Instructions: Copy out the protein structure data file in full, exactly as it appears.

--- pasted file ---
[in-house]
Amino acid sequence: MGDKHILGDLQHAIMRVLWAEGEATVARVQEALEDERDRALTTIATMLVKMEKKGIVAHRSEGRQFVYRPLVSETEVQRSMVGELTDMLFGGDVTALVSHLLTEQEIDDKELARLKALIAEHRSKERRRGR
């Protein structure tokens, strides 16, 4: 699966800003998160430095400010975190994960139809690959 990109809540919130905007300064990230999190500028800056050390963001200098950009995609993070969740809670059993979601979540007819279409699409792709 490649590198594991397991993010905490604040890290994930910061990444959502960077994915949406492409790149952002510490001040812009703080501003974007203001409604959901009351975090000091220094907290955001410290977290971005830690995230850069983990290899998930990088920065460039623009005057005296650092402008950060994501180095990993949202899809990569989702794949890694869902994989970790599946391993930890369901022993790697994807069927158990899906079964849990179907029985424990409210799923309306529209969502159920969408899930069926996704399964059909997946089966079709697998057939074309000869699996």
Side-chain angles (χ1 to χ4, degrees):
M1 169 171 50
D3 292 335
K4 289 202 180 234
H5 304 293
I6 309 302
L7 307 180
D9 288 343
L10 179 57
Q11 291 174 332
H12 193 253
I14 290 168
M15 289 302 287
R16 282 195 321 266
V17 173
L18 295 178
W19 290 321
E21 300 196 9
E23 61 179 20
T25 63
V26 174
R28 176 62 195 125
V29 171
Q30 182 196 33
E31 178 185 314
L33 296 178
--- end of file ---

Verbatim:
[in-house]
Amino acid sequence: MGDKHILGDLQHAIMRVLWAEGEATVARVQEALEDERDRALTTIATMLVKMEKKGIVAHRSEGRQFVYRPLVSETEVQRSMVGELTDMLFGGDVTALVSHLLTEQEIDDKELARLKALIAEHRSKERRRGR
């Protein structure tokens, strides 16, 4: 699966800003998160430095400010975190994960139809690959 990109809540919130905007300064990230999190500028800056050390963001200098950009995609993070969740809670059993979601979540007819279409699409792709 490649590198594991397991993010905490604040890290994930910061990444959502960077994915949406492409790149952002510490001040812009703080501003974007203001409604959901009351975090000091220094907290955001410290977290971005830690995230850069983990290899998930990088920065460039623009005057005296650092402008950060994501180095990993949202899809990569989702794949890694869902994989970790599946391993930890369901022993790697994807069927158990899906079964849990179907029985424990409210799923309306529209969502159920969408899930069926996704399964059909997946089966079709697998057939074309000869699996």
Side-chain angles (χ1 to χ4, degrees):
M1 169 171 50
D3 292 335
K4 289 202 180 234
H5 304 293
I6 309 302
L7 307 180
D9 288 343
L10 179 57
Q11 291 174 332
H12 193 253
I14 290 168
M15 289 302 287
R16 282 195 321 266
V17 173
L18 295 178
W19 290 321
E21 300 196 9
E23 61 179 20
T25 63
V26 174
R28 176 62 195 125
V29 171
Q30 182 196 33
E31 178 185 314
L33 296 178